Sometimes, the entire world needs to suffer. Cryogenic Defilement’s Worldwide Extermination is the 2018 album by this slamming brutal death metal act and is certainly a call to arms, with its cover art depicting the fresh destruction of a metropolis by some giant kaiju. Perhaps the release was an omen to our ongoing pandemic, with the opening track entitled “Sickness Descends,” or maybe Godzilla vs Kong, which saw the monsters toppling Hong Kong. Coincidences aside, the album is, like a fireworks show at Victoria Bay, almost too much to take in. “Bludgeoned Vagina” is a track which reflects the feeling you might have after hearing it. The band looks to have the same brand of humor at their live shows as gore or pornogrind acts, playing in dresses and having an air of being irreverent, which could possibly make their music hit that much harder.
Human Betrayer (Deathcore)
Speaking of giant monsters destroying Hong Kong, Human Betrayer are another act who feature a monstrosity with atomic breath on the album cover. Their brand of deathcore is particularly vicious, culling the harshest moments, at least vocally, of Suicide Silence or Chelsea Grin. Musically, they get a bit more technical than the average core band as well, balancing inspired, sweeping guitar work and ravenous vocals like they were equal parts of a brutal ballet. Their 2019 EP, Underland Enthronement, shows great promise from this band, who may still be in their larval stage. Get ready for the moth.
Massacre Of Mothman (Deathcore)
If Massacre Of Mothman were an American band, they would have rode the 2007-2010 deathcore wave and become a household name alongside Whitechapel or Carnifex. That pure The Cleansing era sound — free of nu metal influences and full of piss and vinegar — is worn proudly by the band, which paid off for them as they even managed to open for Suicide Silence in Hong Kong in 2016. Formed in 2009, the prophecies told by these Mothmen are groove-oriented numbers which fluctuate in tempo; their wings flap hard when they’re angry. Don’t look for little winks or humor here. Like a phone call from Indrid Cold, the band aims to horrify.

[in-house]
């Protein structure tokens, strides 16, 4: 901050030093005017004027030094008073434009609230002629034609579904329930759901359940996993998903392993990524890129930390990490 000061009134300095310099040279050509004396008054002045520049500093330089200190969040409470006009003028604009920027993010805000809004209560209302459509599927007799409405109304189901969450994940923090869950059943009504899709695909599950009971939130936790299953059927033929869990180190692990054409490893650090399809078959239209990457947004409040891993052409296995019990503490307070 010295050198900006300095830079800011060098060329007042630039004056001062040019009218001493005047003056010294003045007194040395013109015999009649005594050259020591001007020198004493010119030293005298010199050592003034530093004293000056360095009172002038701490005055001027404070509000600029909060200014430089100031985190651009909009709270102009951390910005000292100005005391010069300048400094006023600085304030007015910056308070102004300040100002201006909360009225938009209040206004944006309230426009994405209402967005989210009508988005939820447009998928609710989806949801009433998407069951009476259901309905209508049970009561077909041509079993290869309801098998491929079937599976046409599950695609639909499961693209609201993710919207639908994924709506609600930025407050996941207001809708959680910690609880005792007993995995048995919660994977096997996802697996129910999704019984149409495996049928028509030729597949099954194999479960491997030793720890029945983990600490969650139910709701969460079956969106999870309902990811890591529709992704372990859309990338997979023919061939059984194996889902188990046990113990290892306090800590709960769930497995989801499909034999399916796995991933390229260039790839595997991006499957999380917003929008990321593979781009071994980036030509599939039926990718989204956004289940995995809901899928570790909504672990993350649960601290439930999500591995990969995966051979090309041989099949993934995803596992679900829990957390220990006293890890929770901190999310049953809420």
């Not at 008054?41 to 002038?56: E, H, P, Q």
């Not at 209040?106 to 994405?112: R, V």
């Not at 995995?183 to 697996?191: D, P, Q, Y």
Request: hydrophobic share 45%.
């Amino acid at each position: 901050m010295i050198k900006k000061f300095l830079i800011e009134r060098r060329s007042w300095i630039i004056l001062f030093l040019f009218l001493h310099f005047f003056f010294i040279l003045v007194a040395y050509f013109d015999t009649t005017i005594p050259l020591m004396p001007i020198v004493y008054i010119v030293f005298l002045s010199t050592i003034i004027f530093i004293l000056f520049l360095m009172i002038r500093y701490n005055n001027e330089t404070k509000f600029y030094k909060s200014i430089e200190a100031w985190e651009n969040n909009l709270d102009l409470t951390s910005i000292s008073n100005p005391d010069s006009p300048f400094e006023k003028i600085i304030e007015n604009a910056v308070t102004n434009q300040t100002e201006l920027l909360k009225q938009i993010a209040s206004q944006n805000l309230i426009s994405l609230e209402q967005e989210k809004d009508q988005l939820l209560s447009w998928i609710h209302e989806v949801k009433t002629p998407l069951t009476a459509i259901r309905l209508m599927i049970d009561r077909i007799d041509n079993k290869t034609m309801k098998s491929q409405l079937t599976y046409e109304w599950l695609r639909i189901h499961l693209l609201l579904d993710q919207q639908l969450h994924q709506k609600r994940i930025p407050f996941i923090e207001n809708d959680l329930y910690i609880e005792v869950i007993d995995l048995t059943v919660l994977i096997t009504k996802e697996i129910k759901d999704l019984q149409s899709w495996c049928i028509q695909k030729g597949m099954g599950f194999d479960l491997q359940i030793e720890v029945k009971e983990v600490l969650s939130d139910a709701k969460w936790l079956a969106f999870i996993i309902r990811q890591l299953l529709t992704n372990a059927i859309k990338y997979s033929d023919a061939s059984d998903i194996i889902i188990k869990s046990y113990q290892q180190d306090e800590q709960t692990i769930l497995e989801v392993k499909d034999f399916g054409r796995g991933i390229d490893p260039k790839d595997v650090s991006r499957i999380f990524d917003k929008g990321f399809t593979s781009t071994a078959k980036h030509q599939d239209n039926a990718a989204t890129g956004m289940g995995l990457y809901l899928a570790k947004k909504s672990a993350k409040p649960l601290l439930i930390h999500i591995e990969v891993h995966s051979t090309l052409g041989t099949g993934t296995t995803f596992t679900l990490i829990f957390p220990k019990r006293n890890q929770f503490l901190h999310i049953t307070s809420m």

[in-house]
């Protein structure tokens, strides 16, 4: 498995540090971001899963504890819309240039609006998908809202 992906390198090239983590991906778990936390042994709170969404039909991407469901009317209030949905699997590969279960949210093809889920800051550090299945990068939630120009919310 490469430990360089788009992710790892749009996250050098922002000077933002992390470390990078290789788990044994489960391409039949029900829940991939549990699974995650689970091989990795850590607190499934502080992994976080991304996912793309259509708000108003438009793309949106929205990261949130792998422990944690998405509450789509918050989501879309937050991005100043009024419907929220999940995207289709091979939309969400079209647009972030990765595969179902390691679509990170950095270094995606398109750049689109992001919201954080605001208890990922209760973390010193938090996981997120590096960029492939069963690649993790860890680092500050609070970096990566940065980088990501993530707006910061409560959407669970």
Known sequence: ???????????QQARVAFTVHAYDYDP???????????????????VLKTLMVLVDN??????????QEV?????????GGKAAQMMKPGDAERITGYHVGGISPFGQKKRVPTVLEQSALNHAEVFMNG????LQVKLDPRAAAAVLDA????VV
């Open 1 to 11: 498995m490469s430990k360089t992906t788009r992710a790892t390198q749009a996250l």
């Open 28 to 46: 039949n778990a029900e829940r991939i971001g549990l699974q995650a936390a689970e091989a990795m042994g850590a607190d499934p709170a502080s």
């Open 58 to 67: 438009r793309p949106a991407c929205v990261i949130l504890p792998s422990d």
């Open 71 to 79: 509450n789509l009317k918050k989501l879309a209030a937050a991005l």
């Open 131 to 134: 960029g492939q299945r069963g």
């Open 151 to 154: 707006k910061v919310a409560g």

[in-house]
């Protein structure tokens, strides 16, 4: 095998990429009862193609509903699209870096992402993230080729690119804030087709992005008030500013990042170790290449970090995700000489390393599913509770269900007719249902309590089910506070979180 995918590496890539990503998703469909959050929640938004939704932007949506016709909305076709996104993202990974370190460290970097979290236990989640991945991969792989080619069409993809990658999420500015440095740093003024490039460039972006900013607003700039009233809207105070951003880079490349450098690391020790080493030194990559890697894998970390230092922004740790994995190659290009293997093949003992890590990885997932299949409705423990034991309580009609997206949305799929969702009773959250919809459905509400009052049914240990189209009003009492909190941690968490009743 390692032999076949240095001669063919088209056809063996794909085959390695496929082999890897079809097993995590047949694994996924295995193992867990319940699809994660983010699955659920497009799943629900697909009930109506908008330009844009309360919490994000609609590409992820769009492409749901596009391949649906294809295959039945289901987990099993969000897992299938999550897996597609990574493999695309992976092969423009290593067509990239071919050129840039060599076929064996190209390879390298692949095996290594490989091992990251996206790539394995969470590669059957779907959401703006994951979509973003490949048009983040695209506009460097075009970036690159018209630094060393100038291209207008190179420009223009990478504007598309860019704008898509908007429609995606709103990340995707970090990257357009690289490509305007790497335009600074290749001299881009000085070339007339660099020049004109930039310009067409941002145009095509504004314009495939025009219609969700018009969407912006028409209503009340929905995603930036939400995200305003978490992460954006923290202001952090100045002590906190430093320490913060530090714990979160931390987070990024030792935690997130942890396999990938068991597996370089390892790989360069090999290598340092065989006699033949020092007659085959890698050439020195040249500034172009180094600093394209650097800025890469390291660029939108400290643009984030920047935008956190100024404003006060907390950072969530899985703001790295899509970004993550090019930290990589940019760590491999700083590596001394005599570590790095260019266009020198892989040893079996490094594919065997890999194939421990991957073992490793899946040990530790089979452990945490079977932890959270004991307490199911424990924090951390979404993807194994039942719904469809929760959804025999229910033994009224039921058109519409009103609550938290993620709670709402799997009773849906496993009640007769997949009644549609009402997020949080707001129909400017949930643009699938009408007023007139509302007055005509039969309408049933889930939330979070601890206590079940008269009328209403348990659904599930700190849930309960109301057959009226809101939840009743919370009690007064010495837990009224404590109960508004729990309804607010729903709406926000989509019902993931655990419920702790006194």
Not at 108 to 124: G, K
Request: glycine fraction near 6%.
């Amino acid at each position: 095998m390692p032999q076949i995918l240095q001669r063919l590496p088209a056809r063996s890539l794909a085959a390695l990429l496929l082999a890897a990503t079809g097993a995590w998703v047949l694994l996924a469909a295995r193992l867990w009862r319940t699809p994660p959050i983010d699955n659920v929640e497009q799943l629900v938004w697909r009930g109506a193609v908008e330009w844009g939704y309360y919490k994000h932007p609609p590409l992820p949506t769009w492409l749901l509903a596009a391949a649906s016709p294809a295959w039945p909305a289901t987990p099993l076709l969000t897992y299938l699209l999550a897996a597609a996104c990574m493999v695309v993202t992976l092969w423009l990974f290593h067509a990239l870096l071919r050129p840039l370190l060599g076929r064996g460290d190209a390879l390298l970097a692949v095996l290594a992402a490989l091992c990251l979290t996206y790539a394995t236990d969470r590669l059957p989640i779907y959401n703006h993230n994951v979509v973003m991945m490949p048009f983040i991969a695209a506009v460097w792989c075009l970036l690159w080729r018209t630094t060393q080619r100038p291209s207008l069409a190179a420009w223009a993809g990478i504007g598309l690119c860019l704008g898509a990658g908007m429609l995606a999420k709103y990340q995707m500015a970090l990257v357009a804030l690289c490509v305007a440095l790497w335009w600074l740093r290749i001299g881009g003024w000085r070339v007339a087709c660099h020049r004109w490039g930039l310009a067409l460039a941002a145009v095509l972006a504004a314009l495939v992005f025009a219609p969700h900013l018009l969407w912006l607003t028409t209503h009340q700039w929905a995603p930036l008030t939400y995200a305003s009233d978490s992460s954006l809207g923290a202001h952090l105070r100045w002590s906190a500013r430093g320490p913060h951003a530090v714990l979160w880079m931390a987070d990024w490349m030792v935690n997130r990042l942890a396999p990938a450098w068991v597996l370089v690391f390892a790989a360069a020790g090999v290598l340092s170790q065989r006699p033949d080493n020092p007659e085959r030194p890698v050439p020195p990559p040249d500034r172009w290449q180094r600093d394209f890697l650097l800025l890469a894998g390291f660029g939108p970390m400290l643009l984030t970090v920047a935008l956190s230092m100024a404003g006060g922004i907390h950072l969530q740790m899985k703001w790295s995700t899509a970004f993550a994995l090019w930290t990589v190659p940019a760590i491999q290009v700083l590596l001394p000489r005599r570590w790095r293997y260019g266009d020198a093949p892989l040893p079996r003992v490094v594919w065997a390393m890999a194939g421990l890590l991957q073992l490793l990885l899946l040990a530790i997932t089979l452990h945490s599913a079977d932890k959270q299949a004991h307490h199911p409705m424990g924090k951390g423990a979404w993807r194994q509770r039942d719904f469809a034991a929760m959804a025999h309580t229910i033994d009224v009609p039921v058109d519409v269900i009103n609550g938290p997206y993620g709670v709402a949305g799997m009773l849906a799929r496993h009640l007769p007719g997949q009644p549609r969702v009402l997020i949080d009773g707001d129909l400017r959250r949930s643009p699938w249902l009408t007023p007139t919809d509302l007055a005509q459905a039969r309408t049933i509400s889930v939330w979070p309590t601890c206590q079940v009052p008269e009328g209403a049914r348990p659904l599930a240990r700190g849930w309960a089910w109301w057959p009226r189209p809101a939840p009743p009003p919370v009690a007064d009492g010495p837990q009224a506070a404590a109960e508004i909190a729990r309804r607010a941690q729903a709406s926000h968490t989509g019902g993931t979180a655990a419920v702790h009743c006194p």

The hoodied menaces in Protoss make their music video debut in the Slam Worldwide exclusive video for “Figments.” Nooses hang around the silhouetted band members as they play in typical brutal fashion, while lyrics the band wants you to notice like “People Asleep” flash on the screen and the background changes colors like a ’70s acid trip video. But what makes deathcore from Hong Kong any different from the artists from China, Taiwan, South Korea, Japan and so on? Their sound is on point and varied, with roars, brees, squeals and even solos, and while this is not something you haven’t heard before, their video does get extra points for being visually tripped out.
Dismal (Black Metal)
The one-man black metal project known as Dismal has been described by listeners as being both beautiful and tragic. Simple drum patterns set the path for unfathomable pain emerging from the dingy alleyways of Hong Kong. The 2017 album Loss. Paleness (遺.白) is a melancholic and often painful trip into one man’s tortured psyche. It’s a testament to the variety of people and personalities found within Hong Kong, and that some areas, such as the “monster building,” could be considered hideous to some but contain a certain aesthetic beauty unique to the city. The same could be said for some of the dark music, like Dismal’s, that comes out of such places; after all, there are butterflies on this album cover along with the visage of a person in anguish.
Black Mass // Siren 獻血 (Black Metal/Noise/Ambient)
Shrouded cultists Black Mass//Siren are a mysterious trio who practice the dark arts of black metal, dark ambient and noise. From these sacred sounds, they conjure a musical portal which, when in the wrong hands, could be quite dangerous. Lucky for us, the band chooses to simply leave us spellbound with an all-encompassing cosmic darkness. Currently, the videos published on their YouTube channel offer slight glimpses into the band’s personal jam space as they work through atmospheric tracks with only the smallest sliver of light displaying the members or their instruments. It does look more like the setting of a black mass than a Black Sabbath show.
Chimeras (Doom Metal)
The Chimera has had its rounds in metal culture; it is used nearly as much as the Baphomet. The creature is a beast with a lion’s head, a sheep’s body, and a snake’s tail, but strangely doesn’t include a dead horse to beat. Jokes aside, Chimeras, formed in 2013, play doom metal and aren’t afraid to show a little beauty and tenderness along with the sorrow typical of the genre. As the vocals in Chimeras’ songs are female (sounding similar to Amy Lee at times) and sung rather sweetly, while also being piano heavy, the Chimeras experience is more ethereal than your typical doom project and is a breath of fresh air after some of the bands on this list. Give in to their siren song and let yourself sink into the depths of Victoria Bay.